As I walked home from the football game on Saturday, preachers were out in full force denouncing the theory of evolution. That’s because today is the 150th anniversary of the publishing of Charles Darwin’s famous text on evolution, “The Origin of Species.” To celebrate, I’d like to talk about a “Special Introduction” by a man named Roy Comfort who seems to think Darwin is a very serious problem.
Roy Comfort is a creationist made famous by his appearance with actor-turned-Christian-evangelist Kirk Cameron, an appearance in which he explained God’s direct hand in all things. His segment is now immortalized in a YouTube video, which describes bananas as “atheists’ worst nightmare.” He argued that bananas, which are easy to open, change colors to show ripeness and fit in his hand well, demonstrating the truth of God’s direct hand on our lives. He’s partly right: The banana is an example of intelligent design — but we were the designers.
I hate to break it to Roy, but the natural banana is full of seeds that are tiny, hard to open and generally disgusting. Selective breeding of bananas has led growers to use a tree that can make delicious Cavendish bananas. The trees all have identical genetics and are reproduced asexually, which essentially makes them clones. In fact, the choice by farmers to make such an extreme case of a monoculture renders them vulnerable from an evolutionary standpoint: These bananas have low disease resistance. As a result, much of your banana money goes into stopgap measures to keep banana trees from dying out by natural selection.
But when Comfort isn’t claiming God’s mysterious way is evident in potassium-rich fruits, he’s publishing copies of “The Origin of Species” that come with a special introduction. His introduction is respectful for about 10 pages before it goes into page after page of incomplete accusations and cherry-picked pot shots directed at evolution. The introduction goes on to advance the most ridiculous of arguments: that Hitler was Darwin’s “famous student.” For an added bonus, the publication also features some reasons why the Christian God is better than your God or lack thereof.
Dozens of these publications were passed around on campus last week to promote criticism of evolution. While the theological debate is still raging, I’m surprised that after 150 years of advancement in the theory of evolution — which has included arguments, counterarguments, additional evidence, new complexities such as the discovery of DNA and overwhelming support of accredited scientists — some continue to deny the existence of evolution. Money that could have gone to more noble pursuits is spent to distribute books that make (at best) incomplete and (at worst) childish arguments about the origin of species.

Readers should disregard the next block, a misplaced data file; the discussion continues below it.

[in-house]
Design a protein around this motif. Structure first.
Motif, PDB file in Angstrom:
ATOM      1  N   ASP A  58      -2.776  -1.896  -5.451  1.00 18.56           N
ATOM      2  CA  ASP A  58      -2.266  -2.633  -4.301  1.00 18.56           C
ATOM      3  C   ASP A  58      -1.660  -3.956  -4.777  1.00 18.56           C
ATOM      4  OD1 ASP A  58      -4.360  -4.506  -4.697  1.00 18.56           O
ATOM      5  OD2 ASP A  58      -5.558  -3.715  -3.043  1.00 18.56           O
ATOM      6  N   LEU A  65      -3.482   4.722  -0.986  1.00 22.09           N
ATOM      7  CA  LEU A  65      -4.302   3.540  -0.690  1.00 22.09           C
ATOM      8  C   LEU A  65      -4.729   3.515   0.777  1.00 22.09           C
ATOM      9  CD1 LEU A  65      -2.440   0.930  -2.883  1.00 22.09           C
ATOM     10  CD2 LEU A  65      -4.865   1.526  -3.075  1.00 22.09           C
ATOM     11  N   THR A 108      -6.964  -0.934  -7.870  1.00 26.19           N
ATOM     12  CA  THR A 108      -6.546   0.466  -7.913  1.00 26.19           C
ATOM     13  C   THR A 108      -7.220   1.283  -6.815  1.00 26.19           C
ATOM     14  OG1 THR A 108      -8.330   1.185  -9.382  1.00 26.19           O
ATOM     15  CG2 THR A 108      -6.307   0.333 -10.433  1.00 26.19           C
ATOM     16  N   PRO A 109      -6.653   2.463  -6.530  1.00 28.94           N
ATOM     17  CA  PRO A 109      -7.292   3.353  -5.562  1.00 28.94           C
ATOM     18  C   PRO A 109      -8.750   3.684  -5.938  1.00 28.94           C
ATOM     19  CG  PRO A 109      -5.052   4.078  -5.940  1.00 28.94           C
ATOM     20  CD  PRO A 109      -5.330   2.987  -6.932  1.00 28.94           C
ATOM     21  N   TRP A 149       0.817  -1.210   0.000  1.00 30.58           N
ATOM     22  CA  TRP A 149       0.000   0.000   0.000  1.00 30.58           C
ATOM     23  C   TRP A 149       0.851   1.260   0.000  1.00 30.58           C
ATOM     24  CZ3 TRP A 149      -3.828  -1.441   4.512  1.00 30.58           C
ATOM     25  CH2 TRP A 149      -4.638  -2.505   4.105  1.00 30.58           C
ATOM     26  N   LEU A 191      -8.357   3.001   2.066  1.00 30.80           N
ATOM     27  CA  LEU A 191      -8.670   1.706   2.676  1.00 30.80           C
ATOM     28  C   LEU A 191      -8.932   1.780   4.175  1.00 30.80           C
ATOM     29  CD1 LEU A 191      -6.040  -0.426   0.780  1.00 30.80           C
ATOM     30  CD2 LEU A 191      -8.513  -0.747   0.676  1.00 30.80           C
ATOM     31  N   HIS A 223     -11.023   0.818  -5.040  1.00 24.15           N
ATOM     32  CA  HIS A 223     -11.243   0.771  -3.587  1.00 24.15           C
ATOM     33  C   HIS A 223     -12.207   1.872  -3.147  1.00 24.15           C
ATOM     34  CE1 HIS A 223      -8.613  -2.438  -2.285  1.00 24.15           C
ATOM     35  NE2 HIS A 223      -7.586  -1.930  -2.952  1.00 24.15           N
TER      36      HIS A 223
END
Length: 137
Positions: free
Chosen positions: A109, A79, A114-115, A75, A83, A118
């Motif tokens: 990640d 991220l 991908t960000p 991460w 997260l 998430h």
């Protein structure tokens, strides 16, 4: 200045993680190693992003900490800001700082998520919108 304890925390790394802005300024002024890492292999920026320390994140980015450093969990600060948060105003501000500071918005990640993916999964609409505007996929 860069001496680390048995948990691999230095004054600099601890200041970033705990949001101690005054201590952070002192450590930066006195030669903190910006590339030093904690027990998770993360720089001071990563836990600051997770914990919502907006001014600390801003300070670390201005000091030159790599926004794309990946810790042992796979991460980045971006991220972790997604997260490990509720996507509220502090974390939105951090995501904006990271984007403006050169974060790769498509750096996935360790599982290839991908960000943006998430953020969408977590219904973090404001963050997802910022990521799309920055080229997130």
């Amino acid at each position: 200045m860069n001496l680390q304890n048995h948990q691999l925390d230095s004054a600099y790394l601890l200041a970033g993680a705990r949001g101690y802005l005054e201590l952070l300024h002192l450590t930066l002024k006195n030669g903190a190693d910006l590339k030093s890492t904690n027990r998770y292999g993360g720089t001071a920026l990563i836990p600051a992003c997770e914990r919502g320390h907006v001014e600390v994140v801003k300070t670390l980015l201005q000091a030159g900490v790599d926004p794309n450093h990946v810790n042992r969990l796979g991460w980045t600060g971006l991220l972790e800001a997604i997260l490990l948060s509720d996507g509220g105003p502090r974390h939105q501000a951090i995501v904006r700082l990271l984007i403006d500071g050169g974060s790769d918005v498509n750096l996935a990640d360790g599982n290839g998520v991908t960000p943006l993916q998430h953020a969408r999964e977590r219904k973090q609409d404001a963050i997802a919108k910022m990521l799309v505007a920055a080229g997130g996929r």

Mr. Comfort preaches about purported dilemmas surrounding evolution, and his nuggets of thought-provoking insight include asking why evolution is not always a logical, directed process. This question comes from a misunderstanding of how natural selection works. One feature that was irrelevant before and might be in any number of creatures suddenly becomes helpful to survival, it has a better chance of propagating — this is natural selection in its most basic form.
He goes on to talk about the mistakes made over time in evolutionary science. Examples such as the fake fossil known as Piltdown Man and cases of mistaken identities for specimens have caused controversy. But finding some evidence false cannot discredit science on its own. Theories are only dismantled when there is freestanding evidence to the contrary — for example — evidence that favorable mutations don’t propagate among species.
If we applied the logic of Comfort and his ilk to all sciences at institutions like the University, we would have to “teach the controversy” regarding General Relativity and Quantum Mechanics. Oh, that USB drive you used? It might use Quantum Mechanics to erase data on it, but some evidence used to bolster the theory has since been disproven, so there might instead be gnomes that burn your information on a nanoscale when you click delete.
If you did happen to get a copy of this edition of “The Origin of Species,” I’m not asking you to burn it or to hide it. Freedom of speech is important, and if you’ve taken biology or history, you’ll recognize that the introduction is hilarious. But look at the arguments, and then read for yourself about the debate on evolution. As students and as future leaders and teachers, we should be able to recognize the merits of scientific theory in science, and keep theories based on religious texts firmly in the realm of theology. In the 150 years since Darwin’s book, we’ve come a long way toward describing just how clever and complex all of creation really is. Let’s celebrate this theory of life instead of trying to argue whether the book of Genesis in the Bible has more scientific merit than “The Origin of Species.”
Ben Caleca can be reached at firstname.lastname@example.org.